Thursday, 27 February 2014 11:00
When former Governor Nelson Rockefeller created the Department of Environmental Conservation on the first Earth Day in April 27, l970 it was designed to create a secure energy supply without creating undo damage to the environment. I am sure he never would have imagined that this agency would go rogue and aim to eradicate an entire species of a bird population, namely the mute swans.
The agency has declared war on these majestic and peaceful birds, which up until now were federally protected, based on a report with rather flawed data. By their own admission these “experts” had difficultly conducting their studies and much of their data was extrapolated from other states and research projects dating back to the l997. I have read the report which you can upload on their web site and see for yourself.
These non-native birds brought over from Europe have coexisted peacefully with humans for decades with no ill consequence. As an emergency room physician who practiced for over 20 years I can testify that I have treated many bites including, dog, cat, skunk, raccoon, fox, snake, and human bites, but never was anyone a patient in the er because of a swan attack. Will they protect their young and become aggressive when they feel their offspring is in danger, yes, but so do other species as well.
The majority of the 2,800 swans according to the report are based on Long Island, approximately 1,900. Most of them can be found swimming peacefully in ponds and canals. The report claims that their feces, which carries e. coli is deposited in the water, not on land such as Canadian geese. The water they swim in is not our drinking water, they have not proven it has harmed other species and even more bizarre, all feces, humans included, contain e. coli.
The report is flawed on so many levels and data is not supported. Also what the report fails to take into account is that little storm last year known as “Sandy,” which disrupted the entire coast of Long Island, destroying many wetlands. This declaration of species eradication by an overzealous agency needs to be stopped and I urge Long Islanders to contact their legislators to put an end to this. This agency of 3,000 people needs to be culled, beginning with its commissioner who would allow such a waste of our tax dollars. It is important that we become good stewards of this earth and learn to value all species, not declare one species more valuable than another. It’s time we learn from our mistakes and not repeat them.
Dr. Cynthia Paulis
Saturday, 08 March 2014 00:00
With kids today obsessed with all the latest electronic gaming gadgets — the Playstation 4, Xbox One, Nintendo 3DS, and the like — you’d think that the comparatively antiquated concept of pushing a piece of plastic along a sheet of cardboard would be eschewed by your average teenager; however, judging by the crowd of kids at the Massapequa Public Library’s Board Game Café, this actually may not be the case.
Young Adult Services librarian Peter Cirona, who created the Board Game Café at the library’s Central Avenue branch (in addition to a whole host of other young adult programs), said that it’s a great way for kids to socialize and play some classic board games in a fun and friendly environment.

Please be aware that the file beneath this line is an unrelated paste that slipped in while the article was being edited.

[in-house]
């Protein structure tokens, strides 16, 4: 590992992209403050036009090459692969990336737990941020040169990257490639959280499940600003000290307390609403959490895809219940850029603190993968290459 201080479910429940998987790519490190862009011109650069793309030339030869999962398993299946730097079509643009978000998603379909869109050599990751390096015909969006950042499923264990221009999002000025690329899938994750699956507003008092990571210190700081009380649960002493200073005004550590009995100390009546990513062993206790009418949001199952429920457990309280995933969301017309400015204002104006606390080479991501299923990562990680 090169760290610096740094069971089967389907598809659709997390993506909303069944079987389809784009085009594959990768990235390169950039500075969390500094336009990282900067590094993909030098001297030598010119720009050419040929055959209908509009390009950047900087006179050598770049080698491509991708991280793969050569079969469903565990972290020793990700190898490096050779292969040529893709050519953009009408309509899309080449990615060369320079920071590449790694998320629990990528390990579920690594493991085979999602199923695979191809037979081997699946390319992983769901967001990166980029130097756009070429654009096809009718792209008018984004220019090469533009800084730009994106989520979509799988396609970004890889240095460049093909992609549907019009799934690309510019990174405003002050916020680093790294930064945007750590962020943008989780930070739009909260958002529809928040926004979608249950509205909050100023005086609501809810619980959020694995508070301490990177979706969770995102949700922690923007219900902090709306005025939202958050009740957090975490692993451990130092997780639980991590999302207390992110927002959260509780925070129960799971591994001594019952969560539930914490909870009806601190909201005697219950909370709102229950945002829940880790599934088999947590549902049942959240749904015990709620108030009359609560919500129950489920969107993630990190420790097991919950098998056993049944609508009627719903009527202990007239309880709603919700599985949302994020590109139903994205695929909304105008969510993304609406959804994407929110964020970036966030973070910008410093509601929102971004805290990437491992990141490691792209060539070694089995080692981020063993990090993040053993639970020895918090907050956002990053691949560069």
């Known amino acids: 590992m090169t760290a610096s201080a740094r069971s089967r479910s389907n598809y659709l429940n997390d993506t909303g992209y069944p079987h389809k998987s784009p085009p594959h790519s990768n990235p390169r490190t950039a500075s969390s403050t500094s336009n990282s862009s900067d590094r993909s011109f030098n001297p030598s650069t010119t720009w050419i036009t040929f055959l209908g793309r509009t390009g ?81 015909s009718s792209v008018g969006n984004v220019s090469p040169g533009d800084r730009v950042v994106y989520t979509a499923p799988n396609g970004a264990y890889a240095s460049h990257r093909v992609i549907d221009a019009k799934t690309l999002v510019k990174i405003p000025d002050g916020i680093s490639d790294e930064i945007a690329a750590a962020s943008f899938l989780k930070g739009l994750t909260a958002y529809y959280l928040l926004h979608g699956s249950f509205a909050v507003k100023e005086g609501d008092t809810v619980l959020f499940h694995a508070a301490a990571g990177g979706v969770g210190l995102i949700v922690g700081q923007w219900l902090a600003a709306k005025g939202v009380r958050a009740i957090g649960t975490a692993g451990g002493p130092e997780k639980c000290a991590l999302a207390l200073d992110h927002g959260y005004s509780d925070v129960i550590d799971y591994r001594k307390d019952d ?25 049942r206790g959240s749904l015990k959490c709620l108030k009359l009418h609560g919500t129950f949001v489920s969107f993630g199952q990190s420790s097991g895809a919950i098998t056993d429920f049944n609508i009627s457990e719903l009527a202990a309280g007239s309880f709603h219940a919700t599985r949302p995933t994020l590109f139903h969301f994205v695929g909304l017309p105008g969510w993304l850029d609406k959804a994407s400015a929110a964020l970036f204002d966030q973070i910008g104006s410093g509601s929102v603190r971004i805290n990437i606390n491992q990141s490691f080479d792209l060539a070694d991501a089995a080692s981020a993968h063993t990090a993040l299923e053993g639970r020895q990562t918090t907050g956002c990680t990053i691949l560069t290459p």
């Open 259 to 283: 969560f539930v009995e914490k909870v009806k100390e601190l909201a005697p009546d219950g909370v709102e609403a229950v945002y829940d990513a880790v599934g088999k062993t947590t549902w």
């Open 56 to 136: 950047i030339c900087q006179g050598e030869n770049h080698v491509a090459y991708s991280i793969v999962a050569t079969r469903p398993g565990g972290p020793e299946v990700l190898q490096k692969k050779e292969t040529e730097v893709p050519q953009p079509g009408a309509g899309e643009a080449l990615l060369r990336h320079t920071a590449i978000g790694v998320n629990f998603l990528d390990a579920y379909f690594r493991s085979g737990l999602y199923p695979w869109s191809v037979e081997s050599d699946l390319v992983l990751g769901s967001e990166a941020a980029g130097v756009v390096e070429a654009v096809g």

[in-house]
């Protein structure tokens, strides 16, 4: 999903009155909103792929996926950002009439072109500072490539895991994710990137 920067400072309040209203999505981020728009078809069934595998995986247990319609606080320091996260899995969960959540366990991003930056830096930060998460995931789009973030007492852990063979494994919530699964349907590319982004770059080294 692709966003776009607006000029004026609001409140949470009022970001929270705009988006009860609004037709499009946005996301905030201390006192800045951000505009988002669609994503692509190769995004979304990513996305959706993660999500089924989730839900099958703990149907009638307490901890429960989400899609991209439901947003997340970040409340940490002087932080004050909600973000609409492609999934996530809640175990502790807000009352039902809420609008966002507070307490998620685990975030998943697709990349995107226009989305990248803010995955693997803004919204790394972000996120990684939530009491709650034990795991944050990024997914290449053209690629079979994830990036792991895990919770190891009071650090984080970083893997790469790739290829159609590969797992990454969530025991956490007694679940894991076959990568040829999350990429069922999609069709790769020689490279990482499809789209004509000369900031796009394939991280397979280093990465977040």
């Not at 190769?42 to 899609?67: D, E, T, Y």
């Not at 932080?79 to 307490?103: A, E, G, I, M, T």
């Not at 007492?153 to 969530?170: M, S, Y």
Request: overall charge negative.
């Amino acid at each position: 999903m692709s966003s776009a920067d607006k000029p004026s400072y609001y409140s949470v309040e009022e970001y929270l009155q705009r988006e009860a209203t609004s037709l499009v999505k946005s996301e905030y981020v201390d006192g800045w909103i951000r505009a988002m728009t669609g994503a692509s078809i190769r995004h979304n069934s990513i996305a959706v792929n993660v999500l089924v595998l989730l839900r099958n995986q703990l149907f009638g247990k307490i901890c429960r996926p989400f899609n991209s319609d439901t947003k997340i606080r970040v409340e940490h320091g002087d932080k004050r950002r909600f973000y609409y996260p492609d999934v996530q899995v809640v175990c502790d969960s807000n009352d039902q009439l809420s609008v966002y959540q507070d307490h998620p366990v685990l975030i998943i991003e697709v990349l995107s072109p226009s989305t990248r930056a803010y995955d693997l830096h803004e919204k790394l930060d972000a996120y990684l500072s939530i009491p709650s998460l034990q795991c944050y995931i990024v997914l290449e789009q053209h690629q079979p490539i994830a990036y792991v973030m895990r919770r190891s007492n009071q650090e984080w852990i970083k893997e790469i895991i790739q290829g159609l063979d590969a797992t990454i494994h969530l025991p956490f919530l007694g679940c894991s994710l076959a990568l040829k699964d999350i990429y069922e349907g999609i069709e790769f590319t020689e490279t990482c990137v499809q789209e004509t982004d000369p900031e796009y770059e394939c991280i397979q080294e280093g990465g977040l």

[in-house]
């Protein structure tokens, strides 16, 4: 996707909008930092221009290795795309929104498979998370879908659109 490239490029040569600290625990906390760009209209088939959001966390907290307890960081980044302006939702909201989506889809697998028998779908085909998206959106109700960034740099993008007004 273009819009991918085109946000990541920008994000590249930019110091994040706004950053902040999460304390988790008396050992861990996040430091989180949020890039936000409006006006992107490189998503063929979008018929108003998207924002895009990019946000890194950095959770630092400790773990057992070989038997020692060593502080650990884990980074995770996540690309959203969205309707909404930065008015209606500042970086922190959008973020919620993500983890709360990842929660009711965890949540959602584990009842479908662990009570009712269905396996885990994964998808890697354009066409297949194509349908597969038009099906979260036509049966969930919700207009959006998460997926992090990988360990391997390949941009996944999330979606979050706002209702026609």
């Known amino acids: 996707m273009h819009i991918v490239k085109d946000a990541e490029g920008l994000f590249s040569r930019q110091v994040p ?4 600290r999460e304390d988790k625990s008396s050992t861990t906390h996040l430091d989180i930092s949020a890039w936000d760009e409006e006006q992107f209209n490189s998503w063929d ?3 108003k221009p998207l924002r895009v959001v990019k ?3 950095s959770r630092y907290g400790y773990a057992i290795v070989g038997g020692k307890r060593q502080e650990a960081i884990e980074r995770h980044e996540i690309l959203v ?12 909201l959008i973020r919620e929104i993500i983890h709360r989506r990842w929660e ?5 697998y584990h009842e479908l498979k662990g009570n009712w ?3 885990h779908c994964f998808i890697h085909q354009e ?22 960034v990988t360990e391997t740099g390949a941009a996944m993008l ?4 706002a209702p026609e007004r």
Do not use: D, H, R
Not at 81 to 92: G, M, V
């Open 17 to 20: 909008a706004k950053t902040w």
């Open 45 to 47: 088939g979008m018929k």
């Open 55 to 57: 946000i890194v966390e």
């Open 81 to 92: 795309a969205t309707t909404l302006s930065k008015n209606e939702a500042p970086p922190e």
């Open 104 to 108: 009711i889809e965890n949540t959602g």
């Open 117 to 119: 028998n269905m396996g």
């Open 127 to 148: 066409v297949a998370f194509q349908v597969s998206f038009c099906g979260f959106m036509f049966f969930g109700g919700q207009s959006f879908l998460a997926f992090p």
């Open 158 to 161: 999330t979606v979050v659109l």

Friday, 07 March 2014 00:00
On Feb. 27, parents in the Levittown, East Meadow, Massapequa and Farmingdale school districts came together for an informal pannel discussion on the New York State Education Department and the implementation of the state Common Core Learning Standards. Panelists included New York State Assemblyman Thomas McKevitt, Jeanette Deutermann of the Long Island Opt Out Facebook page, and former public school teacher David Greene, who came to the Farmingdale Public Library to talk with local parents about key concerns and questions with the curriculum.
Outspoken parent and founder of the Long Island Opt Out movement, Deutermann, delved into some of the factors behind what led to the state’s adoption of the Common Core, and how the state education department cites High School graduation rates as its reasoning behind the curriculum.
Thursday, 06 March 2014 09:47
One of Major League Soccer’s top front office executives has many fond memories of growing up in the Long Island Junior Soccer League (LIJSL). Bill Manning, the President of Western Conference champion Real Salt Lake and the club’s field, Rio Tinto Stadium, played for the LIJSL Select Team from 1979 to ‘83 as well as the Massapequa Soccer Club from 1972 to ‘83.
Manning’s Massapequa teams had virtually the same players from Under-10 to Under-19, but kept changing their name depending on who their coach was. He played for the Massapequa Flying Dutchmen (coached by Kurt Knoblauch), the Massapequa Bugs (Dick Roche), the Massapequa Cosmos (Jerry Lyons) and the Massapequa Bulls (coached by his father, also named Bill Manning). The Bulls might have lost in the Eastern New York Youth Soccer Association (ENYYSA) State Open Cup finals to B/W Gottschee in overtime in 1983, but his teams won the LIJSL division championship in 1974, ‘76 and ‘79 plus the Long Island Cup in 1980 and ‘83.
Thursday, 27 February 2014 10:58
If the games were played on paper, Massapequa would’ve had no shot. The Chiefs faced a tall order last week playing Elmont, which boasted a 12-3 record and four premier scorers. They gave a tremendous effort, but ultimately had their season cut short, 69-62, despite Alex Cosenza leading the scoring with 29 points.
“I can’t ask for anything else from these guys,” said Head Coach Matt Voigt. “I am so proud of them. I applaud their efforts,”